Telework remains a contentious issue in the public service. Some groups use it extensively. Others grant it only in extreme circumstances and for limited periods of time, requiring proof of need in order to prolong the arrangement, because after all, how can you manage people you can't see? And how could a manager ever possibly consider teleworking?
Whether you're a citizen or a business, wading through policy, regulation and legislation can be difficult. How can a human being navigate thousands of words written in complex formal and legal vocabulary? Well, increasingly, we're trying to delegate that difficult work to a helper better suited to the task: software. By converting rules into code, we can concentrate instead on asking AI to provide us with the details pertaining to our situation, such as eligibility, benefits, obligations, and restrictions.
The Lead of the Paper Plane Exchange at the Canada School of Public Service, talks about how work and volunteer experience outside of the Government of Canada can contribute to meaningful innovation within the public service. An accessible version of this podcast can be found on the Canada School of Public Service’s external facing website.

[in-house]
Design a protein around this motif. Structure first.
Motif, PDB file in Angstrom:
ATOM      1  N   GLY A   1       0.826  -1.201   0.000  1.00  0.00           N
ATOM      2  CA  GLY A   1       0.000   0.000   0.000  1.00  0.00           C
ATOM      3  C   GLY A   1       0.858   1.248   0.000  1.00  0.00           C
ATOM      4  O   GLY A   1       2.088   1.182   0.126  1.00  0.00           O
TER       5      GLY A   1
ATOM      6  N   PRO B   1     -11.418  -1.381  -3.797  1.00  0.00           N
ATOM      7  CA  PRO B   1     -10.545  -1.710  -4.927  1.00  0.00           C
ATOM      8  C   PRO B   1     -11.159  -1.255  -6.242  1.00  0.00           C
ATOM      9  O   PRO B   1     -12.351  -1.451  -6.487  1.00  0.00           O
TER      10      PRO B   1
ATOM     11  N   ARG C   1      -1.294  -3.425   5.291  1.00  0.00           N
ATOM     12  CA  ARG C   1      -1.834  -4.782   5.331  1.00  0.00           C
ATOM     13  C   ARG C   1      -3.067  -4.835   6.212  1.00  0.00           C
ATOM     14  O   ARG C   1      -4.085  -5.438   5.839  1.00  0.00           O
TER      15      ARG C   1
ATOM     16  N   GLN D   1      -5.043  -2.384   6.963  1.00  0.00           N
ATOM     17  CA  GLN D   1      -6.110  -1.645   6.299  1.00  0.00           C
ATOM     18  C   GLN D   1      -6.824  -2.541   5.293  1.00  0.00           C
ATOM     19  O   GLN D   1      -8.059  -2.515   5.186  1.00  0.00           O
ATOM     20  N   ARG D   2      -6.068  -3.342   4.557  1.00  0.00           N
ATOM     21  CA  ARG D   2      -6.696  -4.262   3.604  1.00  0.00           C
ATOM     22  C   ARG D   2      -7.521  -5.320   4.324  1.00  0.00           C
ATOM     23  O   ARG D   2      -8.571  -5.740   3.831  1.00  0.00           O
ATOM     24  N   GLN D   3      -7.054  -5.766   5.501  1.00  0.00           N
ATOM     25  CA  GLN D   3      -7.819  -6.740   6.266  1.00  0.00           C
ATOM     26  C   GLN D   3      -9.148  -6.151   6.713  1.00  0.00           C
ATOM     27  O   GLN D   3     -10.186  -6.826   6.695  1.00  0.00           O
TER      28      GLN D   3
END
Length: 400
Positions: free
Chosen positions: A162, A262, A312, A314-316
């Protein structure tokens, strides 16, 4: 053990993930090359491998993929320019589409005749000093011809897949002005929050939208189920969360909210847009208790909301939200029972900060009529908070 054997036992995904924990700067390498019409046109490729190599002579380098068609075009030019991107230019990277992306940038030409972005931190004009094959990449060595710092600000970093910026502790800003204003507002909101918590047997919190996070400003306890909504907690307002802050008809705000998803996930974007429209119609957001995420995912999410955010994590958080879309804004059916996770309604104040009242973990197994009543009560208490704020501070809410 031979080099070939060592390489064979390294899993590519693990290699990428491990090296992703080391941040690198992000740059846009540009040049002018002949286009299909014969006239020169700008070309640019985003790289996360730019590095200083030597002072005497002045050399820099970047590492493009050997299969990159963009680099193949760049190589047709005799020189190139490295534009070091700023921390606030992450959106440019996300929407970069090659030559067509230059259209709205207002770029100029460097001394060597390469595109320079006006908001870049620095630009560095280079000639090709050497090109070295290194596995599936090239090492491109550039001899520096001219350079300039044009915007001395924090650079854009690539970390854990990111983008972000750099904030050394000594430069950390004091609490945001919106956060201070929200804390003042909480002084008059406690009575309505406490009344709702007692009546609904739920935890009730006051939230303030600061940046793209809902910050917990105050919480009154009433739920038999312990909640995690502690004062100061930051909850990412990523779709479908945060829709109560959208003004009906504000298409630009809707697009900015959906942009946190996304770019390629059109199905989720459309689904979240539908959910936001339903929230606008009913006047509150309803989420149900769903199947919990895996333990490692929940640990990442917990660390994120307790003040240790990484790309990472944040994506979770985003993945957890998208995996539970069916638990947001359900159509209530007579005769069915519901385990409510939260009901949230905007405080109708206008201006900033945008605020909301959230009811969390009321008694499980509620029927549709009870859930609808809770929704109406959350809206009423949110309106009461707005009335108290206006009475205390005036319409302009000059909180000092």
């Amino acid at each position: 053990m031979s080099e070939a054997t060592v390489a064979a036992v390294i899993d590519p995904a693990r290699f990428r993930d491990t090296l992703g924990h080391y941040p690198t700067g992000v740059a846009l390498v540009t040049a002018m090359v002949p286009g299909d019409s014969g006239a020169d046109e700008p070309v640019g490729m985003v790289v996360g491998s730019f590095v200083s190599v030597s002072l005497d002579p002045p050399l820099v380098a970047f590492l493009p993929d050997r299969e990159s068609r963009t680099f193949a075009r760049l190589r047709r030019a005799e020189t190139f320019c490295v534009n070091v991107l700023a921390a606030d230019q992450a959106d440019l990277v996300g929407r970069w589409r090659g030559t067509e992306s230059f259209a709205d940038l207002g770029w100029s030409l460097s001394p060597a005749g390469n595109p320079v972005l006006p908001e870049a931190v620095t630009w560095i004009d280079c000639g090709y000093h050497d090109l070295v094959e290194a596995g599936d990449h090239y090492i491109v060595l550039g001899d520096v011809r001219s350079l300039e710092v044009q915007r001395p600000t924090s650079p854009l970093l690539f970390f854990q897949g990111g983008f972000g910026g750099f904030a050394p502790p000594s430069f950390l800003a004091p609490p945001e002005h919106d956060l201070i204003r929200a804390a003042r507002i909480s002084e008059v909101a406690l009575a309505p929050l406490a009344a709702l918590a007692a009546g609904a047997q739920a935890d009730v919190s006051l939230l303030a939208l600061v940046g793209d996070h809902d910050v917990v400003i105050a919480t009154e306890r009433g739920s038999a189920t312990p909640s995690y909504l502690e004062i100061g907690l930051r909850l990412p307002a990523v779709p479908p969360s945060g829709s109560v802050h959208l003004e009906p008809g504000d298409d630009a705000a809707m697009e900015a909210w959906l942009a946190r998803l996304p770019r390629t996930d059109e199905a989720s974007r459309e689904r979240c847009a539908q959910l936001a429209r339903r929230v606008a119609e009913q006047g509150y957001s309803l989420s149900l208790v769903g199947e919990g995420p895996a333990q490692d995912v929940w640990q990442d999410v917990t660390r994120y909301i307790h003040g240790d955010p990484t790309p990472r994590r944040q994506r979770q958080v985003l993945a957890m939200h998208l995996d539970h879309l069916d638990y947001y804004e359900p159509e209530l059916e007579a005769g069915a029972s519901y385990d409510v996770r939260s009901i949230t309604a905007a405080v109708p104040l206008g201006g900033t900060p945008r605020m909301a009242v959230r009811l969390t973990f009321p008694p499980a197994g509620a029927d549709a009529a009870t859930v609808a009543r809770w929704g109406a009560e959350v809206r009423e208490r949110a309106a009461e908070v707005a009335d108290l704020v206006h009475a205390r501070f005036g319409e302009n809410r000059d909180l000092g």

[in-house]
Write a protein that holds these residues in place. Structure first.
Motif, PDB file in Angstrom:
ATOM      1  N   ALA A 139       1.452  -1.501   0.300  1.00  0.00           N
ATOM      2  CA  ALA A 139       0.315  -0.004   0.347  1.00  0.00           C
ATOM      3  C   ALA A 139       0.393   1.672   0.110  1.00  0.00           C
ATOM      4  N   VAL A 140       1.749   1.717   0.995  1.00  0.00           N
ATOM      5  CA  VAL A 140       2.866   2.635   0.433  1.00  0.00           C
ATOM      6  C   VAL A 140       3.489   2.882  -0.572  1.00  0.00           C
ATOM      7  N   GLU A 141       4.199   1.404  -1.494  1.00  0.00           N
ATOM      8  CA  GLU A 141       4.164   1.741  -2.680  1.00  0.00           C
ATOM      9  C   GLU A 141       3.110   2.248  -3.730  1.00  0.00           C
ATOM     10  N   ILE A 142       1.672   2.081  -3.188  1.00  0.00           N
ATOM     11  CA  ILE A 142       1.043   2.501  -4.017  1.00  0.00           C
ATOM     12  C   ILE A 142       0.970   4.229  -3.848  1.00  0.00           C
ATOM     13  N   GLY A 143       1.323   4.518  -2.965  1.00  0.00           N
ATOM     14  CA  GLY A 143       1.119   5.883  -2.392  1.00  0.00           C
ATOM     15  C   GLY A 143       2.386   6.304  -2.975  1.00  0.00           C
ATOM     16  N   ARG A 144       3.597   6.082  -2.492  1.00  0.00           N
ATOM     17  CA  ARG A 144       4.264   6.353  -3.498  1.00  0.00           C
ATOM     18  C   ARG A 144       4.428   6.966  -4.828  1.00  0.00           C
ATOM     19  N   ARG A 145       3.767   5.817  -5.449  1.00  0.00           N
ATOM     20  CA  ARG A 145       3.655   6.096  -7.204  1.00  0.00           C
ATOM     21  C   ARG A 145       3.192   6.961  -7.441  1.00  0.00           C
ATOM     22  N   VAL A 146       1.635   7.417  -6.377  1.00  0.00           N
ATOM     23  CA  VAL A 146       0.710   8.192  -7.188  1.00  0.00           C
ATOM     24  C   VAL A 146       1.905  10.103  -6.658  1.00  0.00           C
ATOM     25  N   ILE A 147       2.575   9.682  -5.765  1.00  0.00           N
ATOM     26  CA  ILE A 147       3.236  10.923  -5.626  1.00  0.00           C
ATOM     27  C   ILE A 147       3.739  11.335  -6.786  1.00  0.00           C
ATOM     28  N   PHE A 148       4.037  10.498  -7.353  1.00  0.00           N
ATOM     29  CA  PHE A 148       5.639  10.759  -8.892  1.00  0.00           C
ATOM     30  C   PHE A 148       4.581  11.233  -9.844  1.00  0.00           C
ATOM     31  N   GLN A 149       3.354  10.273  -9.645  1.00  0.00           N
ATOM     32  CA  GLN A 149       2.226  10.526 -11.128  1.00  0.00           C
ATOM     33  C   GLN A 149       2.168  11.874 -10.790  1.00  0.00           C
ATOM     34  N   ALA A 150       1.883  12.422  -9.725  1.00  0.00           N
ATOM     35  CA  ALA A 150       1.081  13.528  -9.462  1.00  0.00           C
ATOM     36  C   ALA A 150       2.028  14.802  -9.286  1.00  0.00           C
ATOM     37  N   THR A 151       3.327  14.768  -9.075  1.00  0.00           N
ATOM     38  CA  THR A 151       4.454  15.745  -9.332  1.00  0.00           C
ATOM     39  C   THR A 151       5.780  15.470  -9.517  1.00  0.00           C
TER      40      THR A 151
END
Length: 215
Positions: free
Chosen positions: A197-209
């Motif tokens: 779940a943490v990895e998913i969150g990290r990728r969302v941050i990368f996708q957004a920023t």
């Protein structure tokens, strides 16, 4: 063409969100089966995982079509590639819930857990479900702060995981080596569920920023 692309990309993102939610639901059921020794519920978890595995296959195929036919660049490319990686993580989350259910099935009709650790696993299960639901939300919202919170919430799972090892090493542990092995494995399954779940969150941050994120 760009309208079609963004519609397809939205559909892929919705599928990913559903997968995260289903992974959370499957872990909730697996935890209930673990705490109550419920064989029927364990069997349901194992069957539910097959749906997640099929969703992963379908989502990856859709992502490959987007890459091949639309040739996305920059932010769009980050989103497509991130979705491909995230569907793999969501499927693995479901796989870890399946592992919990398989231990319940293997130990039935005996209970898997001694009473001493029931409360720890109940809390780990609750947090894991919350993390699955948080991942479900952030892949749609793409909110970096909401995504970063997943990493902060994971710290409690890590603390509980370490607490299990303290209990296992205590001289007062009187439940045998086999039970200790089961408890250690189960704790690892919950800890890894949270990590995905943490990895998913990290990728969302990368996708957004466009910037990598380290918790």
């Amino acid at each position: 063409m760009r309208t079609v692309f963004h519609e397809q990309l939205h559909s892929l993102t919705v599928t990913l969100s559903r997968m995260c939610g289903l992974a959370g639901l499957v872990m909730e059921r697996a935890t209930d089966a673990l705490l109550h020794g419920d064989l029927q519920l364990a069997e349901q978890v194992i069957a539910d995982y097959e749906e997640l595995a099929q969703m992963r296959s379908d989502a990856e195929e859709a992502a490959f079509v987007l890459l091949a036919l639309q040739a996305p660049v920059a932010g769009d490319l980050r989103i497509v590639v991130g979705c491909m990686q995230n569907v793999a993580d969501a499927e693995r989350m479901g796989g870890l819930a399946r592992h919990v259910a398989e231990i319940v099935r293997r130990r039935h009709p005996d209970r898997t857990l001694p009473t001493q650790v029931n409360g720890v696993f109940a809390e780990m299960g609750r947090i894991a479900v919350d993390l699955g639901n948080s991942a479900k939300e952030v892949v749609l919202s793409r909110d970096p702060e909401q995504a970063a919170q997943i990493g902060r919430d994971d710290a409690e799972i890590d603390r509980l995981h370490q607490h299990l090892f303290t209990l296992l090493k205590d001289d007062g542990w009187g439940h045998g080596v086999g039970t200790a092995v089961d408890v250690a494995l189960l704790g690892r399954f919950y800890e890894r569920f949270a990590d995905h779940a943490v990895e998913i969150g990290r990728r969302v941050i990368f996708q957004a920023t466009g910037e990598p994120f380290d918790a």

Our guest this episode worked for a mega corporation before joining the public service and experienced first hand how any organization can be bogged down as it scales up in size and complexity. He believes that success is tied to a willingness to adapt, so what has his experience been like since joining the public sector? An accessible version of this podcast can be found on the Canada School of Public Service’s external facing website.
Reflections, realizations, and suggestions for a path forward for those who've struggled to innovate in the public service: what to look for in other people and within yourself when the frustration makes you feel like quitting. An accessible version of this podcast can be found on the Canada School of Public Service’s external facing website.
It can be daunting, even depressing, to be a person with an idea inside a massive organization. After all, what can one individual to do effect change from within? On this episode of Innovate on Demand, Dana Landry asks us to consider the power of one. An accessible version of this podcast can be found on the Canada School of Public Service’s external facing website.
What's an Innovation Lab? What is Rapid Impact Assessment, and how is it different from Iteration? And how can acknowledging failure increase connectedness to the people affected, and bring a better outcome? More honest experiences from the field, on this edition of Innovate On Demand. An accessible version of this podcast can be found on the Canada School of Public Service’s external facing website.
What does innovation even mean? Is it the magic bullet for any problem that some people make it out to be? Is it something we should even be attempting in the public service, given what's at risk? Or is it the latest shiny thing we feel pressured to chase? An accessible version of this podcast can be found on the Canada School of Public Service’s external facing website.